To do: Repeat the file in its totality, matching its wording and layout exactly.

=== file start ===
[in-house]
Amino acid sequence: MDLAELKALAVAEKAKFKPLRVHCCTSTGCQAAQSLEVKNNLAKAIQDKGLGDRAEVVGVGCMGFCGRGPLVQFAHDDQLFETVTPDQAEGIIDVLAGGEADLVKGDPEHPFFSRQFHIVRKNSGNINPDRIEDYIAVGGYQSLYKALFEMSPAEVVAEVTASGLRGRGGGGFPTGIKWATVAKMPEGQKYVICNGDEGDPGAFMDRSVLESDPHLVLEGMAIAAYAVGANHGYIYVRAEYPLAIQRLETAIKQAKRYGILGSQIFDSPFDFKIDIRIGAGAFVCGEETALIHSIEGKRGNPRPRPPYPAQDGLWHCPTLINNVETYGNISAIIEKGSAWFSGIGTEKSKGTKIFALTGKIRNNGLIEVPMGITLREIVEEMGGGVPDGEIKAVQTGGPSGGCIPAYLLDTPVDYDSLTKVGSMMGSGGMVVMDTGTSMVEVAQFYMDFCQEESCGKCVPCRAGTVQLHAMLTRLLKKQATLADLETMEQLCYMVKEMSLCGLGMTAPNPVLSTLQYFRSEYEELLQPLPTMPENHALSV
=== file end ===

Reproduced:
[in-house]
Amino acid sequence: MDLAELKALAVAEKAKFKPLRVHCCTSTGCQAAQSLEVKNNLAKAIQDKGLGDRAEVVGVGCMGFCGRGPLVQFAHDDQLFETVTPDQAEGIIDVLAGGEADLVKGDPEHPFFSRQFHIVRKNSGNINPDRIEDYIAVGGYQSLYKALFEMSPAEVVAEVTASGLRGRGGGGFPTGIKWATVAKMPEGQKYVICNGDEGDPGAFMDRSVLESDPHLVLEGMAIAAYAVGANHGYIYVRAEYPLAIQRLETAIKQAKRYGILGSQIFDSPFDFKIDIRIGAGAFVCGEETALIHSIEGKRGNPRPRPPYPAQDGLWHCPTLINNVETYGNISAIIEKGSAWFSGIGTEKSKGTKIFALTGKIRNNGLIEVPMGITLREIVEEMGGGVPDGEIKAVQTGGPSGGCIPAYLLDTPVDYDSLTKVGSMMGSGGMVVMDTGTSMVEVAQFYMDFCQEESCGKCVPCRAGTVQLHAMLTRLLKKQATLADLETMEQLCYMVKEMSLCGLGMTAPNPVLSTLQYFRSEYEELLQPLPTMPENHALSV